Software company CEO discusses challenges, benefits and evolution of sourcing outside counsel
Ari Kaplan. Photo by Lauren Hillary.
Ari Kaplan recently spoke with Jim Delkousis, the founder and CEO of Persuit, a software platform that facilitates a competitive process for sourcing outside counsel.
Ari Kaplan: Tell us about your background and the genesis of Persuit.
Jim Delkousis: Until 2016, I was a partner at several law firms and most recently at DLA Piper. I was a litigator focused on the construction sector, and as I started getting close to turning 50, I considered what was next for me and wanted to impact the process of how in-house teams engage outside counsel because it was a very clunky process. Anyone that has responded to an RFP understands how challenging it can be, and I thought that the entire process could be more streamlined, transparent and competitive. I founded Persuit to put that vision into reality, and that’s what we’re doing today.
Ari Kaplan: How would you characterize the transition from law firm partner to legal tech founder?
Jim Delkousis: It was hard. Working in a law firm provided a fantastic grounding for a professional services career, and I enjoyed all of the safety and comfort of a great partnership, great income and the chance to work with great clients. Moving from there to a legal tech startup or any startup with a clean slate is pretty scary, especially in the early days of trying to establish product-market fit and developing a product for which customers will pay that solves a real problem. Those early days were some of the toughest through which I have ever been. I would describe it as wandering through the wilderness, often alone. But I was really fortunate. I had a fantastic team and a lot of luck. Ultimately, we found a product-market fit and developed an application that solves a problem for our customers.
Ari Kaplan: What challenges do law department leaders face in sourcing their outside counsel?
Jim Delkousis: There are a number of challenges. First, it is just transparency in the market. Clients want to make an apples-to-apples comparison of their options, including their preferred stable of firms, and which is appropriate for what matters. Those choices are often based on relationships and a certain level of comfort, but those factors may not indicate whether another firm can do the job as well or better and at a more attractive price. We worked hard to simplify that choice and to help clients determine the right price and even fee arrangement that is consistent with an organization’s business goals. Second, the challenge is creating a consistent approach within the legal department because it helps prospective law firms understand the organization’s objectives and priorities, which allows those firms to be more responsive in the most critical areas in that representation.
Ari Kaplan: Aside from cost savings, what benefits does competition yield in this type of selection process?
Jim Delkousis: It is all about the right firm, right price. We want to make sure our customers are not paying too much while also working with the best team available. We also consider experience level and the diversity of the team among other factors when we weigh options. Price is just one criterion, but we do want to ensure that it is with an acceptable market range. Our focus on the right firm captures a number of qualitative features to help companies gain advantages from systematizing their selection of outside counsel, particularly those that have a high overall legal spend and a decentralized process for engaging external law firms. Combining those decisions in a single place with complete oversight of all the organization’s engagements offers greater clarity and incorporates more members of the legal department in the process.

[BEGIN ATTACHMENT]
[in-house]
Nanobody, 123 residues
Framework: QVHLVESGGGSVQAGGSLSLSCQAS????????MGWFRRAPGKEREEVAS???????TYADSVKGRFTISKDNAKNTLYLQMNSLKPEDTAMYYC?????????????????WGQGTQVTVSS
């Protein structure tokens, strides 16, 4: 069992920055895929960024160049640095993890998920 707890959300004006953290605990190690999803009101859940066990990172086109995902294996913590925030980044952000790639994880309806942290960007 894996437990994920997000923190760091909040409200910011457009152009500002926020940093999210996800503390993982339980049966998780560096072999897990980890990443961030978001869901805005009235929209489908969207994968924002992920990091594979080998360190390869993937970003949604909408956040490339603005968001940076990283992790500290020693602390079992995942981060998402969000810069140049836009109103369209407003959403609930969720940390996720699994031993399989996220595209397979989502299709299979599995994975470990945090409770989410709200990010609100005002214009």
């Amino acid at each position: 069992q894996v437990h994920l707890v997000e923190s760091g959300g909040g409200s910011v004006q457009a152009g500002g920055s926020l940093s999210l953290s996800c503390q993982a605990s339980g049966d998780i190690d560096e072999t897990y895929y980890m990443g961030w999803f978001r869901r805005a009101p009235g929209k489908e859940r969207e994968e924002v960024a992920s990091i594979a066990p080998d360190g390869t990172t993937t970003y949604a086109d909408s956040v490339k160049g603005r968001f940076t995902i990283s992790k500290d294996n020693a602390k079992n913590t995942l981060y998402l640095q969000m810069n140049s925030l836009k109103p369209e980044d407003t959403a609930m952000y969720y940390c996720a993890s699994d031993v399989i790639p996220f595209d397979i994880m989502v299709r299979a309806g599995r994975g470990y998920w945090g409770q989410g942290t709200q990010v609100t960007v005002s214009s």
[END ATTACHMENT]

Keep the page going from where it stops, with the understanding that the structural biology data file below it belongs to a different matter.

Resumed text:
Ari Kaplan: Can this process be applied to the procurement of providers of other services?
Jim Delkousis: Absolutely. The goal is fundamentally the same—selecting the right professional service provider at the right price. A lot of our clients, for example, use Persuit to choose management consultants, marketing support teams and IT services. It is all about being able to create a scope of work, a fee arrangement around that scope, sharing it with providers, and giving them the opportunity to respond to make an apples-to-apples comparison of the criteria that are most important to you.
Ari Kaplan: What are the challenges for an Australia-based company expanding into the United States?
Jim Delkousis: Back in 2017, we had just developed our product, and it was very early days. We had some piloting customers, but I just got crickets from many prospects. The market in Australia is smaller, which is a challenge, and it became very clear to me then that Persuit had to find success on a world stage. So in late 2017, I moved to New York and started to hustle there, and that’s really where we had some of our early successes, which produced early wins in both the U.S. and the European market.
Ari Kaplan: How do you see the relationship between law firms and law departments evolving?
Jim Delkousis: The personal trust and foundational relationship elements are critical and will never disappear. It is why we call our external lawyers trusted advisers. That said, however, pricing and performance data will increasingly inform and drive improvements in those relationships to allow them to develop beyond the personal connection.
Listen to the complete interview at Reinventing Professionals.
Ari Kaplan regularly interviews leaders in the legal industry and in the broader professional services community to share perspective, highlight transformative change and introduce new technology at his blog and on iTunes.